It’s posted a couple of days later than intended, but here’s the latest installment of “Beyond Sleepy Hollow,” which explores further Washington Irving works of ghosts, goblins, and the Gothic.
Before Washington Irving fired the autumnal imagination of Americans with “The Legend of Sleepy Hollow,” he helped script Christmas celebration into existence in our Macabre Republic. In early January 1820, Irving published a series of Christmas-related pieces in The Sketch-Book that clearly anticipate “The Legend” (which appeared in the next installment of the book three months later). Within the linked Christmas sketches, Irving’s narrating stand-in, Geoffrey Crayon, is invited by an old traveling companion to come spend the holidays at his family’s mansion in the English countryside. Bracebridge Hall is a bastion of old-time custom, located in “a sequestered part of the country” (just as the unmodernized Sleepy Hollow is removed from the metropolitan bustle of Manhattan). Master Simon Bracebridge (as I discuss in The Legend of Sleepy Hollow: Ultimate Annotated Edition) is an Ichabod-esque figure, a busybody bachelor exuding self-importance, and who is satirized by Irving in terms strikingly similar to Sleepy Hollow’s hapless schoolmaster.
“Christmas Dinner” constitutes the last of the Bracebridge-centered sketches (Irving would return to the family a few years later in the more expansive collection Bracebridge Hall). After dining on traditional fare (e.g., a boar’s head; peacock pie) and happily imbibing from the circulating Wassail bowl, the gathered celebrants break off into groups. The younger members of the family engage in a game of “blindman’s buff,” while the adults retire to the drawing room. There the village parson begins “dealing out strange accounts of the popular superstitions and legends of the surrounding country.” His yarning focuses on the “family hero” of his hosts, a Bracebridge ancestor said to have fought in the Crusades, and whose portrait and purported armor decorate the Hall’s dining room. As Crayon relates:
[The parson] gave us several anecdotes of the fancies of the neighboring peasantry, concerning the effigy of the crusader, which lay on the tomb by the church altar. As it was the only monument of its kind in that part of the country, it had always been regarded with feelings of superstition by the good wives of the village. It was said to get up from the tomb and walk the rounds of the churchyard in stormy nights, particularly when it thundered; and one old woman, whose cottage bordered on the churchyard, had seen it through the windows of the church, when the moon shone, slowly pacing up and down the aisles. It was the belief that some wrong had been left unredressed by the deceased, or some treasure hidden which kept the spirit in a state of trouble and restlessness. Some talked of gold and jewels buried in the tomb, over which the specter kept watch; and there was a story current of a sexton in old times, who endeavored to break his way to the coffin at night, but, just as he reached it, received a violent blow from the marble hand of the effigy, which stretched him senseless on the pavement. These tales were often laughed at by some of the sturdier among the rustics, yet, when night came on, there were many of the stoutest unbelievers that were shy of venturing alone in the footpath that led across the churchyard.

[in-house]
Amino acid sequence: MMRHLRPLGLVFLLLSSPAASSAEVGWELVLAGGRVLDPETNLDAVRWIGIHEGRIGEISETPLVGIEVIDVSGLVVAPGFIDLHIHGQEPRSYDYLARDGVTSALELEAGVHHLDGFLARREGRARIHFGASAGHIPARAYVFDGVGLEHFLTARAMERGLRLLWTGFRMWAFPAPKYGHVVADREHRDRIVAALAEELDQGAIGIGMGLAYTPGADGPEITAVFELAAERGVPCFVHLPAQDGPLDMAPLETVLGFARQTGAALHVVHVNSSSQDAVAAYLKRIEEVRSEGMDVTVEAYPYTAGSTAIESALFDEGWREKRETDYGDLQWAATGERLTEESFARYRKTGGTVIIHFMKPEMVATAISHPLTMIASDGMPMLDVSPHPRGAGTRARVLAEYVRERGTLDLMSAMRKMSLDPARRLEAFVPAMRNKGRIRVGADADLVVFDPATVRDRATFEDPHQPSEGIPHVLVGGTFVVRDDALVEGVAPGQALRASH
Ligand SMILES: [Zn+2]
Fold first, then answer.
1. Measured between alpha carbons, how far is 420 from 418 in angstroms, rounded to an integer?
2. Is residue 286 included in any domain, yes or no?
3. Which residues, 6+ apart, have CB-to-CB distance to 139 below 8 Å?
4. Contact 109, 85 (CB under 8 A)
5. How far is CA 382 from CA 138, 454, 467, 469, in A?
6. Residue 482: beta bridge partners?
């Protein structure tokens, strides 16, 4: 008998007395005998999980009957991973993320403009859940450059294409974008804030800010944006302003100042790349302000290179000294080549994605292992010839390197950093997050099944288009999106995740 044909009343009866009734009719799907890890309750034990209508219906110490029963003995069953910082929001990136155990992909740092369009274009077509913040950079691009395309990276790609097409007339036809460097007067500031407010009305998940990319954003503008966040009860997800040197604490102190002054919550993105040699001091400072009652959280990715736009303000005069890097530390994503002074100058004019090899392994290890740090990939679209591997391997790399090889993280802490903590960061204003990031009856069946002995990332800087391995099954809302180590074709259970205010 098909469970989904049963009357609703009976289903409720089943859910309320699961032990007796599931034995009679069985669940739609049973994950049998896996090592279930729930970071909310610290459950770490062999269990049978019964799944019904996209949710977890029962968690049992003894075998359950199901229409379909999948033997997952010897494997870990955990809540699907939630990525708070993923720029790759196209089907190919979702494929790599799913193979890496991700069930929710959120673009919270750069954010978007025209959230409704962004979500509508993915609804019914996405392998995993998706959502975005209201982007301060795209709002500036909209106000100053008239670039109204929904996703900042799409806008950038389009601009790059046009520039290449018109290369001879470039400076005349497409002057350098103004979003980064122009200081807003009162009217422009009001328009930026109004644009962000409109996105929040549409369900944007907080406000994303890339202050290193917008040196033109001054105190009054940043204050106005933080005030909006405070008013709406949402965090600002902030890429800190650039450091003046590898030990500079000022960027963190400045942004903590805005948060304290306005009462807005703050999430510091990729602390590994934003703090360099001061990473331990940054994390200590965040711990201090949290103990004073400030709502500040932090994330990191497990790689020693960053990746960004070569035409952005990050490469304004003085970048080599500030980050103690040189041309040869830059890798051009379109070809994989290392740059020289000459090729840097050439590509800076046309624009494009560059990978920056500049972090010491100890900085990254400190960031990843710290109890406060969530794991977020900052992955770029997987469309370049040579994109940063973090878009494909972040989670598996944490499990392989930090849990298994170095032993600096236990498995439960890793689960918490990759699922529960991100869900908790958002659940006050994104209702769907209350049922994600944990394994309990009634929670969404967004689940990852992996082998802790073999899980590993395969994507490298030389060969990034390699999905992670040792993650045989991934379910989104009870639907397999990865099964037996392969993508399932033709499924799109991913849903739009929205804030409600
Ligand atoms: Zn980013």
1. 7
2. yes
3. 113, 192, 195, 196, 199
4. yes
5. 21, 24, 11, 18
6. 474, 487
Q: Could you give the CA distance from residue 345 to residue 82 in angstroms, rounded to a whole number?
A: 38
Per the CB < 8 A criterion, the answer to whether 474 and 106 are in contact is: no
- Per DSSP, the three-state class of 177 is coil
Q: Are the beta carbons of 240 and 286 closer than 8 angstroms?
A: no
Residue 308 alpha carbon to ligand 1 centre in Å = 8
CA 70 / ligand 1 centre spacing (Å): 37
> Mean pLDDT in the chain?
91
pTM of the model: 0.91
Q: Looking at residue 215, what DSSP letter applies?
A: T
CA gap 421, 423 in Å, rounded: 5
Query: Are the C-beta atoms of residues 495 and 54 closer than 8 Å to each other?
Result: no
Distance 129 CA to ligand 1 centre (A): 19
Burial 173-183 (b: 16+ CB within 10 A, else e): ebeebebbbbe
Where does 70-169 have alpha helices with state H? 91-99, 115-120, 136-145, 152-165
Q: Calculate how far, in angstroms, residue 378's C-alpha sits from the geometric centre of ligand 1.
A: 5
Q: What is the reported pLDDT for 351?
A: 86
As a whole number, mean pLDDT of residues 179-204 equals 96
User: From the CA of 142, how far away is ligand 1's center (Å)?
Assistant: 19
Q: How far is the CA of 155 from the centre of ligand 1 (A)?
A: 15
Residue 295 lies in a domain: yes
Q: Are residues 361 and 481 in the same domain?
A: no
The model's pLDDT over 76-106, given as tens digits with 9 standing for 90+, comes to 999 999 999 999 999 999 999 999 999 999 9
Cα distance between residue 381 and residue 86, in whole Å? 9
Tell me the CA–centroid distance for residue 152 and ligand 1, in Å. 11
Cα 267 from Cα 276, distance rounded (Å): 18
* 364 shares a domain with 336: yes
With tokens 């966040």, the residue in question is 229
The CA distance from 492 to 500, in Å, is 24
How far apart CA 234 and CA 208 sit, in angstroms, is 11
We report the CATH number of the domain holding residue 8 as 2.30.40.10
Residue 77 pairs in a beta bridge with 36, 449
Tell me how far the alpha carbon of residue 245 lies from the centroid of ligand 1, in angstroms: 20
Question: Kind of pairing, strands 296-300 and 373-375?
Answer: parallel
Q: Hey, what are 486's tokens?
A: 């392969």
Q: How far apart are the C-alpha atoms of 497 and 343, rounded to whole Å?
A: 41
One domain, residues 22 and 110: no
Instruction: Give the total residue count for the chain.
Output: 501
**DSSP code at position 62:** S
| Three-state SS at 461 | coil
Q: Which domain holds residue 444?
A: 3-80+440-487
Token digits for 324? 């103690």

These fireside spook tales shared by the parson, which have quite an unnerving effect on certain listeners, prefigure the events of/following the Van Tassel quilting frolic in “The Legend of Sleepy Hollow.” Just as the galloping Hessian forms the “favorite specter” of the credulous inhabitants of Sleepy Hollow, the crusader in “Christmas Dinner” appears “to be the favorite hero of ghost stories throughout the vicinity.” And just as Brom Bones follows old Brouwer’s tale of a run-in with the Headless Horseman with an even more marvelous account, the old porter’s wife in “Christmas Dinner” picks up from the parson and adds to the lore of the crusader: she affirms “that in her young days she had often heard say that on Midsummer Eve, when it was well known all kinds of ghosts, goblins, and fairies become visible and walk abroad, the crusader used to mount his horse, come down from his picture, ride about the house, down the avenue, and so to the church to visit the tomb.”
But no attendee of the Christmas dinner encounters the crusader later that December evening, let alone finds himself spirited away by the supernatural rider. The eerie atmosphere pervading the drawing room of Bracebridge Hall is soon dissipated when Master Simon and other costumed revelers burst in to perform an impromptu “Christmas mummery.” This intriguing “Legend” precursor sketched by Irving ultimately places more emphasis on “wild-eyed frolic and warmhearted hospitality breaking out from among the chills and glooms of winter”; the creation of frisson, though, will prove integral to the more sustained Gothic narrative that conveys “The Legend of Sleepy Hollow.”